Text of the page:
What A Ride!
by Neal McFarland
Updated September 9, 2010
I'll never forget the first time my Dad took me to ride in his lap on The Comet roller coaster at the Forest Park Highlands amusement park in St. Louis. I was five or six years old, excited and giddy with anticipation. I had no idea what to expect when we got into the car and pulled down the safety bar. As we slowly climbed up the first long hill, leveled off, then plunged down the deep chute, it took my breath away and with every unexpected twist, turn, climb and drop, my heart pumped faster and faster. The 60-second ride scared the bejabbers out of me. When we finally stopped, I begged my Dad for a re-ride, which he agreed to. I was hooked! And since that first ride on the Comet, I've ridden some of the longest, fastest, steepest, meanest coasters in the country and never found one I couldn't handle.
My research into our McFarland family has been a microcosm of all those thousands of twists and turns, climbs and free fall drops. Every new discovery has been exhilarating; every dead end frustrating. But the anticipation of discovery never diminished. Like that first ride on The Comet, the search became an addiction.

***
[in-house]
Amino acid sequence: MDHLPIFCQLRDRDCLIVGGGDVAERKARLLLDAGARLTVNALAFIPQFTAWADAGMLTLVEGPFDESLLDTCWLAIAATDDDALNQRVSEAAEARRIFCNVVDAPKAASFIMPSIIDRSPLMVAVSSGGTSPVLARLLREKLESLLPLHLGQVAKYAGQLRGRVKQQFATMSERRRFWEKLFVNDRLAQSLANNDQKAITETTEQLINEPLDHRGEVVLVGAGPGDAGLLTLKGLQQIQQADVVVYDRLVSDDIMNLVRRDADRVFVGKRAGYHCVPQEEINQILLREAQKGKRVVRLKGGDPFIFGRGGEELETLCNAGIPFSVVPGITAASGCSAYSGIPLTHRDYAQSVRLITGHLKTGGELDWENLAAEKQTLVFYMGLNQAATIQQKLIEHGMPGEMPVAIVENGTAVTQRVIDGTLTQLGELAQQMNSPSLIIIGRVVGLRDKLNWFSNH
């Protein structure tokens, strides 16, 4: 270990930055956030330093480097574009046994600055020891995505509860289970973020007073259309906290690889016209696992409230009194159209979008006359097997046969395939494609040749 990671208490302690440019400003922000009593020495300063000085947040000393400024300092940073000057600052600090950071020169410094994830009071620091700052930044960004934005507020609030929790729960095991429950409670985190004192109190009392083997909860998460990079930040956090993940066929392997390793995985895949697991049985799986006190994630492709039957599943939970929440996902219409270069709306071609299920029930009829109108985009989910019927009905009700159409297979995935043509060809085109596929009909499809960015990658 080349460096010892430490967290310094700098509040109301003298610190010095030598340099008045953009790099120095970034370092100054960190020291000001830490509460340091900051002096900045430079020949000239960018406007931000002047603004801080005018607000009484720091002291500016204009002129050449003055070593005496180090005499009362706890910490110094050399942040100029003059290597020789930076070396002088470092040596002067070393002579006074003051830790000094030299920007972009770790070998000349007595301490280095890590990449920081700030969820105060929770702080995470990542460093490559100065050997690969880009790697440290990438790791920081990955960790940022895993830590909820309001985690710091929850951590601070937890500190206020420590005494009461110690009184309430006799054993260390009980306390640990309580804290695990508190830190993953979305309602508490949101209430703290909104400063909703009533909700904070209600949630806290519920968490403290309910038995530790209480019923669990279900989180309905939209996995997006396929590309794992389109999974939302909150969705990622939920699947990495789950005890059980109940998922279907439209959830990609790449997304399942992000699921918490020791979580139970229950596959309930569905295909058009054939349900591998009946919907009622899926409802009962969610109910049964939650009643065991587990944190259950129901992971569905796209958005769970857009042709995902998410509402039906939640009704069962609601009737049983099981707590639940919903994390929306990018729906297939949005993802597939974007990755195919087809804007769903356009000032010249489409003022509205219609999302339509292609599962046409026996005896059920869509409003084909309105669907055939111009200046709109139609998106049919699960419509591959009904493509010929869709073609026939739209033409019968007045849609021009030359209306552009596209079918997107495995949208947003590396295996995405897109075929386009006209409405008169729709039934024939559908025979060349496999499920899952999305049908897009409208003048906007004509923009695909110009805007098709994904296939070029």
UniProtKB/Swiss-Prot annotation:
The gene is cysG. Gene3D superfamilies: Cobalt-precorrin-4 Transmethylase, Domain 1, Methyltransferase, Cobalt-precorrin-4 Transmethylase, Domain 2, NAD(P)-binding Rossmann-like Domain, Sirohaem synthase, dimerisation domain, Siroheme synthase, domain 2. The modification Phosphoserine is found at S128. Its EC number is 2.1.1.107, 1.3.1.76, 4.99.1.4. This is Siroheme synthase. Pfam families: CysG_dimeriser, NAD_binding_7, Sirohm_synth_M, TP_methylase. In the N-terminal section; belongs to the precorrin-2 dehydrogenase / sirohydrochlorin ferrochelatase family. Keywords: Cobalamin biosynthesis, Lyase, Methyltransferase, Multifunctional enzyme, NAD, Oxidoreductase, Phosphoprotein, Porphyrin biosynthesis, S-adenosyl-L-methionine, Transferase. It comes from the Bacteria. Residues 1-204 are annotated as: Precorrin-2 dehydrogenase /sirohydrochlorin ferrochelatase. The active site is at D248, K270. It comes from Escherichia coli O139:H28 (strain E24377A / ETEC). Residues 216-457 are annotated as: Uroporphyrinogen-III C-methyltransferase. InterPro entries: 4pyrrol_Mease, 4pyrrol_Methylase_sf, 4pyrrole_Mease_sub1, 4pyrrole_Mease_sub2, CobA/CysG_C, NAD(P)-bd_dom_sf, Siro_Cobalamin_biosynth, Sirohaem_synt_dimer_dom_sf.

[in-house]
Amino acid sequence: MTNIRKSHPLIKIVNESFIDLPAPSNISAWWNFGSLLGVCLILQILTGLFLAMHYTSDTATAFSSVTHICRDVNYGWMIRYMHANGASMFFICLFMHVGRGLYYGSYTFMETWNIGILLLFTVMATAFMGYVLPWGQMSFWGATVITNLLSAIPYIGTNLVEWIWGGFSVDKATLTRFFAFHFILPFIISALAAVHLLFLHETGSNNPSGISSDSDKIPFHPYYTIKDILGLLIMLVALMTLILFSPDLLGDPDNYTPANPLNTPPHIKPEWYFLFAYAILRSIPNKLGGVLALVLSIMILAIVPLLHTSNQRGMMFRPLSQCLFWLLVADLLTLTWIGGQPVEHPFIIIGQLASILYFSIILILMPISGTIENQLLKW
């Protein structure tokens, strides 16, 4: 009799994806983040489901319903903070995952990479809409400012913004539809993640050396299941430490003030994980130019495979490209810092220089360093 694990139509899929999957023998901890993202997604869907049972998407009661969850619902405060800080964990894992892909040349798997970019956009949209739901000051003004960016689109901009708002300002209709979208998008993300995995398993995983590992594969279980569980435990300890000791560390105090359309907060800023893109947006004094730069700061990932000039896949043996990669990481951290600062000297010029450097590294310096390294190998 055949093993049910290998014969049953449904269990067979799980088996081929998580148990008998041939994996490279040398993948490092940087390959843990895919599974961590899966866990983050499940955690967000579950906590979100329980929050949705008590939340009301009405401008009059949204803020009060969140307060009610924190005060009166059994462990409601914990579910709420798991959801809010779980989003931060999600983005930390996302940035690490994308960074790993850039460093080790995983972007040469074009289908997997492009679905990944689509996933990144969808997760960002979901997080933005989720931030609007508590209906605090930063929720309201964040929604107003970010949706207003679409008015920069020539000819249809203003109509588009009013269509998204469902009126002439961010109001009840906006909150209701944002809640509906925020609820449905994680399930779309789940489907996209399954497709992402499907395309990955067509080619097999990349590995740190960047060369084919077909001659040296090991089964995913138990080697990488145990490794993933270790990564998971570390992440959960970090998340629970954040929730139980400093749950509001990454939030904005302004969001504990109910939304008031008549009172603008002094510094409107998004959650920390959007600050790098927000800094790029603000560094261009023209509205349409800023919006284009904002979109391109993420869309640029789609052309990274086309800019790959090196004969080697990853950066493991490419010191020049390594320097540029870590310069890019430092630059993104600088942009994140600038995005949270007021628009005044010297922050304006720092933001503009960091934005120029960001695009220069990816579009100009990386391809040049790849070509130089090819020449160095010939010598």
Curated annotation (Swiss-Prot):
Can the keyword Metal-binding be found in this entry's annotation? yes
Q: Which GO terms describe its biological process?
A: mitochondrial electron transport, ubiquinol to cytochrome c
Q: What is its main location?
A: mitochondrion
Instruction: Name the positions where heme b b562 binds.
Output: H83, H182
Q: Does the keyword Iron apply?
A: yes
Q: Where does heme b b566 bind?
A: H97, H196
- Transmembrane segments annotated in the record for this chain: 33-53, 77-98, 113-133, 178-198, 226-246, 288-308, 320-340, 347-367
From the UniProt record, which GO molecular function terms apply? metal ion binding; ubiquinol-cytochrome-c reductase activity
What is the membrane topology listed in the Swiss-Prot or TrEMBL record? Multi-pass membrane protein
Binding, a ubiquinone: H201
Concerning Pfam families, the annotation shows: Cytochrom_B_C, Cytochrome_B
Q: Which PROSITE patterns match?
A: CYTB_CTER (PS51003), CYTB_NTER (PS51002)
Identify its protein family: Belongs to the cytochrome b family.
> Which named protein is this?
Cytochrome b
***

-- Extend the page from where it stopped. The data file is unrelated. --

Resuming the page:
As I've stated before, I started knowing next to nothing about the McFarland side of my family and only a little more about my Mother's side. Now, I can trace my McFarland line over three hundred years; my Mother's family over two hundred. And, along the way there were plenty of surprises.
McFarlands Who Served in the American Revolution
Compiled by Mary Helen Haines
When the Revolutionary War broke out in 1775, men with the surname McFarland, or a variant, signed up to fight, either for the Continental Army, or for the various regiments organized by the separate colonies. Other men, especially in the frontier regions, served in local militias, and those men who were too old, and some women as well, contributed to the war effort with goods that fed or clothed the men fighting.